The following is the story of my journey through the first treatment I received during this year…
After my hysterectomy when the doctors gave me the unexpected diagnosis of locally advanced stage 3 cervical cancer, they then shone a beacon of hope for me to be able to live a relatively normal life whilst undergoing treatment. You have no idea how happy I was to hear this; the last thing I wanted to be a “proper” cancer patient. I wanted to still work, I wanted to not let this get in the way of all the plans I’d made. I was far too busy being JJ big boots for cancer treatment. There was a trial that was half way through its 5 year plan. With an amazing success rate! It involved oral chemotherapy and a radiation implant rather than the traditional (and I have to say rather barbaric) radiotherapy and chemotherapy treatment. The plan was that for 8 cycles of 6 weeks each, you took the oral chemotherapy every day for 3 weeks and then you had a lovely, glorious 3 weeks off where you felt well. You also had a radioactive implant attached to your pelvic bone for 6 months that gradually released the radiation you needed to blast those pesky cells. The combo of these two types of treatment was supposed to be equivalent to 5 doses of high dose chemotherapy and 20 radiation treatments, the NICE recommended treatment for my cancer. None of the nasty side effects such as your hair falling out, changes to vaginal walls making them fibrous and painful, no extreme fatigue – the list went on.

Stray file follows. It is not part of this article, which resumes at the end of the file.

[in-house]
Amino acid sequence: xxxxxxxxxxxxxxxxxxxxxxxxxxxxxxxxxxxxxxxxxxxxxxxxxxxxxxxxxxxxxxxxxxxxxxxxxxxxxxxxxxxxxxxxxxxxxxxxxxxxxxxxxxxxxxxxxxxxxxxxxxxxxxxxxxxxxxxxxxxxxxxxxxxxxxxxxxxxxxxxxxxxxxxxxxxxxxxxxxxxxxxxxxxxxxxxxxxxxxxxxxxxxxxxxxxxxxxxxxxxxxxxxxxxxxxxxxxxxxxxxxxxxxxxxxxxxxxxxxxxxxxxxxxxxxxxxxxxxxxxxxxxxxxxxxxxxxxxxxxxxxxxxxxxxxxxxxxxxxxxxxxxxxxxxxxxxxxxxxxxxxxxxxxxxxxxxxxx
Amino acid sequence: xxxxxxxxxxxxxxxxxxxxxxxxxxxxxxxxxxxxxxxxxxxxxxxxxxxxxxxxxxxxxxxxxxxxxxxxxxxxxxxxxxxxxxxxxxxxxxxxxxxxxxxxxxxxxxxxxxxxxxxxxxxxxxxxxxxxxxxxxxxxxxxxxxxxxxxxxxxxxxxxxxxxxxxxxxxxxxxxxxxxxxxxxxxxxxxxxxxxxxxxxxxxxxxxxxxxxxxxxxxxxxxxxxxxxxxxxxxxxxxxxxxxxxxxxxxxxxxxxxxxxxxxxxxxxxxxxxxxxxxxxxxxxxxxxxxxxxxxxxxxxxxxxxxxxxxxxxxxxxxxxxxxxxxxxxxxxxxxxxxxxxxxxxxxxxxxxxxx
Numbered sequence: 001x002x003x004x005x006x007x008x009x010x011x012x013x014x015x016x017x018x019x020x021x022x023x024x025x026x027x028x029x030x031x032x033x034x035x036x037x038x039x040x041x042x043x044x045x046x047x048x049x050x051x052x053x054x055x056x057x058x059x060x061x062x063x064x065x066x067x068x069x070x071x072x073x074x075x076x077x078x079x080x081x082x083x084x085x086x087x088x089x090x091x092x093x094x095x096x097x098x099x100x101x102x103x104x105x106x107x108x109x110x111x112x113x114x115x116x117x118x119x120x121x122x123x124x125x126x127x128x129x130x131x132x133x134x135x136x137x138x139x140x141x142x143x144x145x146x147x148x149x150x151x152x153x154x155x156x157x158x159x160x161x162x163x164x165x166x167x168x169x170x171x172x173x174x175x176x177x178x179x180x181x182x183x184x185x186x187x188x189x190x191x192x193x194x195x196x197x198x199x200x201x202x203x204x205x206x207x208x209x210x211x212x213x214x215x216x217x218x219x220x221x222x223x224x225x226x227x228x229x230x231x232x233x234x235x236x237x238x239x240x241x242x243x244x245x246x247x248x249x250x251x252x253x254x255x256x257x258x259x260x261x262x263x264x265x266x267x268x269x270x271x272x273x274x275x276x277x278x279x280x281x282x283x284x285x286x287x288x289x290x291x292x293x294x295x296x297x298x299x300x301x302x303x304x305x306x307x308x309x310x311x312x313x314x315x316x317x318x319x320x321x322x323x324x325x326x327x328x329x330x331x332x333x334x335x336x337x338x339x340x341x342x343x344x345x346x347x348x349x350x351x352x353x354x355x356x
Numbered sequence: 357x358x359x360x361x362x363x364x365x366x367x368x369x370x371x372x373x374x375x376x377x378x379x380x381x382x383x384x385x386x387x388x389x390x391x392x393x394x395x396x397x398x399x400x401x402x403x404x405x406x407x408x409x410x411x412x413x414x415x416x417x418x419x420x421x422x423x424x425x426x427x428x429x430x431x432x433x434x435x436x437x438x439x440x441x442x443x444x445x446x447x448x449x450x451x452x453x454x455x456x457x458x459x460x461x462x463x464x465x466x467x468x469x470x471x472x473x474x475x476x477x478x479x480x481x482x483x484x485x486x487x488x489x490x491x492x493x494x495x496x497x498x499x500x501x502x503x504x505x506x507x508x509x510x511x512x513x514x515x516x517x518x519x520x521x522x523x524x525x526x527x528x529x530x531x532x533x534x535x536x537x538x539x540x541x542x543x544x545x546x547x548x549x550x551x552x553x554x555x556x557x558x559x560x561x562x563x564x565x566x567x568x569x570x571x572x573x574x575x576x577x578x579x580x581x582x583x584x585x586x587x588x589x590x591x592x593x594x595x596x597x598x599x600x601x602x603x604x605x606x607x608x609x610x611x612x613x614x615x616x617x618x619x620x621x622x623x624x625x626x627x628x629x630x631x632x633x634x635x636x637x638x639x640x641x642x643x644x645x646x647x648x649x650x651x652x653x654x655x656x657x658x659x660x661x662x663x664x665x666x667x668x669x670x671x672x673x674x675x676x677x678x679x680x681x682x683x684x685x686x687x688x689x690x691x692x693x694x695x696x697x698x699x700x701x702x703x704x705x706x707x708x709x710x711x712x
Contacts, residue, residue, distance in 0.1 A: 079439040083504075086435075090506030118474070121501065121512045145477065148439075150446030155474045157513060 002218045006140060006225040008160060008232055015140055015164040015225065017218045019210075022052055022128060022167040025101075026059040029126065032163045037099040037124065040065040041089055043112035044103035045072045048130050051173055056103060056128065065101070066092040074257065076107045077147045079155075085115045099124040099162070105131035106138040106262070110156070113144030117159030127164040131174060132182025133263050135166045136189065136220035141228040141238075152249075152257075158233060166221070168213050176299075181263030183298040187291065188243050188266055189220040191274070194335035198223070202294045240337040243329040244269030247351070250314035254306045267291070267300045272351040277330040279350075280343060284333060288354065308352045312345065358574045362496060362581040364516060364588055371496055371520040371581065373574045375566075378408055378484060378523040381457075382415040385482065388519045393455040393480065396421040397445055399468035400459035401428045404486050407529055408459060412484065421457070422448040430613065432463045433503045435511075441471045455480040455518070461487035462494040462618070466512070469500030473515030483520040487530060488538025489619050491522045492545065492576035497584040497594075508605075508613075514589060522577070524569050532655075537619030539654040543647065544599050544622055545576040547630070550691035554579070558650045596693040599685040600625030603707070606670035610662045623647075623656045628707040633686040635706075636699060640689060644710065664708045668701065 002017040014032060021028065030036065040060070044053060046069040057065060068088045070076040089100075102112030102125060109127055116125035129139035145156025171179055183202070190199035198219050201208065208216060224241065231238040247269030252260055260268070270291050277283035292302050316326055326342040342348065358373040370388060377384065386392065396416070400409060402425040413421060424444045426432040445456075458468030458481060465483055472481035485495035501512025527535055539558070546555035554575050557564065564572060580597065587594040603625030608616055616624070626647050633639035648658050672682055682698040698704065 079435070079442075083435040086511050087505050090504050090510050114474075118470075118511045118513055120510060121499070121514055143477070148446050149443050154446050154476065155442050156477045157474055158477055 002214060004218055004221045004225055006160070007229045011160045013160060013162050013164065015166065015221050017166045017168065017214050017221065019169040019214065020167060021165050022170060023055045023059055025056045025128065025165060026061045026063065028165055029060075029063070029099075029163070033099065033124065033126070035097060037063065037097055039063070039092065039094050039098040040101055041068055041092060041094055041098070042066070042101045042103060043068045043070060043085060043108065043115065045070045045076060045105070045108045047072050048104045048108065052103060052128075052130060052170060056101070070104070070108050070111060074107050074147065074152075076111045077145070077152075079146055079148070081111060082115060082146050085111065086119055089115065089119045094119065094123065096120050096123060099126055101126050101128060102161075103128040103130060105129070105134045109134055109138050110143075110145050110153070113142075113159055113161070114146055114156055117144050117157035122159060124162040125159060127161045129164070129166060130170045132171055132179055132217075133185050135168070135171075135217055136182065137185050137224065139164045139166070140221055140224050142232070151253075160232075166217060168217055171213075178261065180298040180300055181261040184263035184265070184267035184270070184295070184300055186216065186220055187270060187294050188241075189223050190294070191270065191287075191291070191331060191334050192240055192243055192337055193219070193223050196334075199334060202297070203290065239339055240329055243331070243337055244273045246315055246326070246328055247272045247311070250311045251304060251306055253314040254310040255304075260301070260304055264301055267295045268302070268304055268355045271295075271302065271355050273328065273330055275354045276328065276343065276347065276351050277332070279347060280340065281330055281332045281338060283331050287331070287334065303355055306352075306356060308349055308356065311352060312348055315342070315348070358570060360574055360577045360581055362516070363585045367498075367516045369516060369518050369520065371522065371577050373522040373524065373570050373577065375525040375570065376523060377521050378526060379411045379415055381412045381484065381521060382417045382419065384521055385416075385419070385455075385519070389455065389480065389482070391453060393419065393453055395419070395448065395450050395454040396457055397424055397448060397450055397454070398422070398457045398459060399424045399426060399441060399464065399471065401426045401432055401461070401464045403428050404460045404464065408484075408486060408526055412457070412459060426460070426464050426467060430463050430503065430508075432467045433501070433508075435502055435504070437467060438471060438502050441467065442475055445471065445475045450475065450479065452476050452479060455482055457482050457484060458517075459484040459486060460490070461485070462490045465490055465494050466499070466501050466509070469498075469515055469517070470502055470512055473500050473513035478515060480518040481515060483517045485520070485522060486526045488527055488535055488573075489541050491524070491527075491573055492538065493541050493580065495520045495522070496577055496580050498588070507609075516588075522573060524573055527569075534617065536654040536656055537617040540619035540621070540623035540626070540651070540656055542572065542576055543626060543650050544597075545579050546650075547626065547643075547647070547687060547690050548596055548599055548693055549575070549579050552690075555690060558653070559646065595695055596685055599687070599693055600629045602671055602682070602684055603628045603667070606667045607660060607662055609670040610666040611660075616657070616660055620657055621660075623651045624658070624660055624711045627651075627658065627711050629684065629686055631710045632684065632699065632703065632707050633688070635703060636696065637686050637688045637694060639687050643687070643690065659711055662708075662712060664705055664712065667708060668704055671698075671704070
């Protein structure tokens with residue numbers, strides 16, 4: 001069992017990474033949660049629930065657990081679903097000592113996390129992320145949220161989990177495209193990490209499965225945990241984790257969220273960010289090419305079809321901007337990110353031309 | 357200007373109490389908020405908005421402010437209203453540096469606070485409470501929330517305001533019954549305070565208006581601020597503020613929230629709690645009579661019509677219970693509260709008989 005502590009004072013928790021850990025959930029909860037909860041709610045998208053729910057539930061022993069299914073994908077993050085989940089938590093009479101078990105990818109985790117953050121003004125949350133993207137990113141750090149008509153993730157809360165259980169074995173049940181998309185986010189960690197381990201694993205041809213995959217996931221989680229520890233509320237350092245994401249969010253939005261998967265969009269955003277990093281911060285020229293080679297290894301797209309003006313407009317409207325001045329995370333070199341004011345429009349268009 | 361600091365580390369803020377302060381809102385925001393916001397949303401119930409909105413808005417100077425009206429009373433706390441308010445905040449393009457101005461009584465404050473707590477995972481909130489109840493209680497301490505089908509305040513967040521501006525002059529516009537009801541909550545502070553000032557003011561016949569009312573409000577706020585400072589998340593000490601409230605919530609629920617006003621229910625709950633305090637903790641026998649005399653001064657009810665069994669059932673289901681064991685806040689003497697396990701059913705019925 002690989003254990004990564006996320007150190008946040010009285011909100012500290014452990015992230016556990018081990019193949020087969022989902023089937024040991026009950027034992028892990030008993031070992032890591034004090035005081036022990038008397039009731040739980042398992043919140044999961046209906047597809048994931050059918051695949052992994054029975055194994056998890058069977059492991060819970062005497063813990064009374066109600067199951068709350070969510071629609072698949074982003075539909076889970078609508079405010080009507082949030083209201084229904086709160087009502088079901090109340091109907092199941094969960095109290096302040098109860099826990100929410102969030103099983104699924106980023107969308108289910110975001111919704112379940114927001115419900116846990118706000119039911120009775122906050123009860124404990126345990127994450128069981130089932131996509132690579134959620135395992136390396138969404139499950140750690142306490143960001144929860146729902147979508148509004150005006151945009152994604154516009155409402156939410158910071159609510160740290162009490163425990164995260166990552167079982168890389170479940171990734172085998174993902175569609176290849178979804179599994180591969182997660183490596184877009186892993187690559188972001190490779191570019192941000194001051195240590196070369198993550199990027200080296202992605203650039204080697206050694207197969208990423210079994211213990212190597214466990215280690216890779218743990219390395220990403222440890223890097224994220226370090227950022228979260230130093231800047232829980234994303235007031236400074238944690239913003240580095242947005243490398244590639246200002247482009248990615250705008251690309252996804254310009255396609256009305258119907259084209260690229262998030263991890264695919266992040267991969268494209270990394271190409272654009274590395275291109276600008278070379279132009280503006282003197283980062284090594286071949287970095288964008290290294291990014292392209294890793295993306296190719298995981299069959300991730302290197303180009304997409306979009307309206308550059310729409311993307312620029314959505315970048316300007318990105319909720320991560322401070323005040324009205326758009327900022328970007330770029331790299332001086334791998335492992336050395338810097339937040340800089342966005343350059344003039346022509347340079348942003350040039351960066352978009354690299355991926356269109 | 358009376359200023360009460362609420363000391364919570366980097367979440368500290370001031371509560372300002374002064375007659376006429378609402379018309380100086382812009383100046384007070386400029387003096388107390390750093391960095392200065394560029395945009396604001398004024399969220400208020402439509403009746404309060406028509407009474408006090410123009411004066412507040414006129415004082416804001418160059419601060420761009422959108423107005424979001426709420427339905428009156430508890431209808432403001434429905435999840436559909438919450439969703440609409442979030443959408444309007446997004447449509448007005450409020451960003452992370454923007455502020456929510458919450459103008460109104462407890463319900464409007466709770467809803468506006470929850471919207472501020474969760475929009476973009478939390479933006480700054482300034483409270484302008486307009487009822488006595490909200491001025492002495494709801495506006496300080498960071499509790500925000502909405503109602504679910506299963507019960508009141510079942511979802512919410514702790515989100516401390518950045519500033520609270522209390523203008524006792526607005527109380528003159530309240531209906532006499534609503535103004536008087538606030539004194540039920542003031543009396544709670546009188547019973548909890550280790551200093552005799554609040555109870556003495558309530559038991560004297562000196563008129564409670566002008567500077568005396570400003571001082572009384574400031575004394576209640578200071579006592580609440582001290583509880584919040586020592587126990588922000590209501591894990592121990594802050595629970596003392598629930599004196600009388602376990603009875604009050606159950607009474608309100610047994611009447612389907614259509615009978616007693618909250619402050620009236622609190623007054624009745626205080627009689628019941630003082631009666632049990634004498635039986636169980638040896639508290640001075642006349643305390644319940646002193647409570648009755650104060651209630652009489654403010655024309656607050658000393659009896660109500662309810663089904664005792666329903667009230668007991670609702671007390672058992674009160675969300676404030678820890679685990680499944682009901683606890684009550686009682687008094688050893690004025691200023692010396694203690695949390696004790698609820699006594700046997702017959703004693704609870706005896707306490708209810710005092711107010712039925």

I was in!!
So, 2 weeks after my hysterectomy, off I trotted to get this magic implant fitted. They simply went in through my belly button, drilled a very small hole in my pelvis and attached the implant on a loop, “don’t want it floating around your body do we” they joked as I heard them drilling through my bone.
It’s so weird writing this now because at the time it felt like all this took months, but actually by this time we were talking less than 7 weeks since I had been to the doctor and here I was already well on my way into the world of cancer treatment.
The doctors assured me it would take a good couple of months for me to notice any side effects from the implant, by which time I would have side effects from the chemo anyway. My partner picked me up from that appointment and I felt so well I asked to go out for a drive. We had a lovely day in my favourite little town, eating and me blabbering on as usual about all the things I was going to do; her nodding along at me – standard.
Within 6 hours I was writhing around in agony, my skin was burning, I felt so sick, I couldn’t stop shaking. I was scared, I was confused, I felt like I had no control over my own body… but I thought maybe this was how it was supposed to feel when it first went in, so I waited it out and then rang my trial nurse the next day. She was concerned about my symptoms but agreed perhaps my body was just getting used to it, people can have all sorts of reactions to things is what she said; I agreed. We scheduled for me to have my blood taken in a couple of days. During that time I’ll be honest I was in a lot of pain and distress. I didn’t want to admit how scared I was because my family were already so worried but wow when I look back I’m still not actually sure how I got through that time!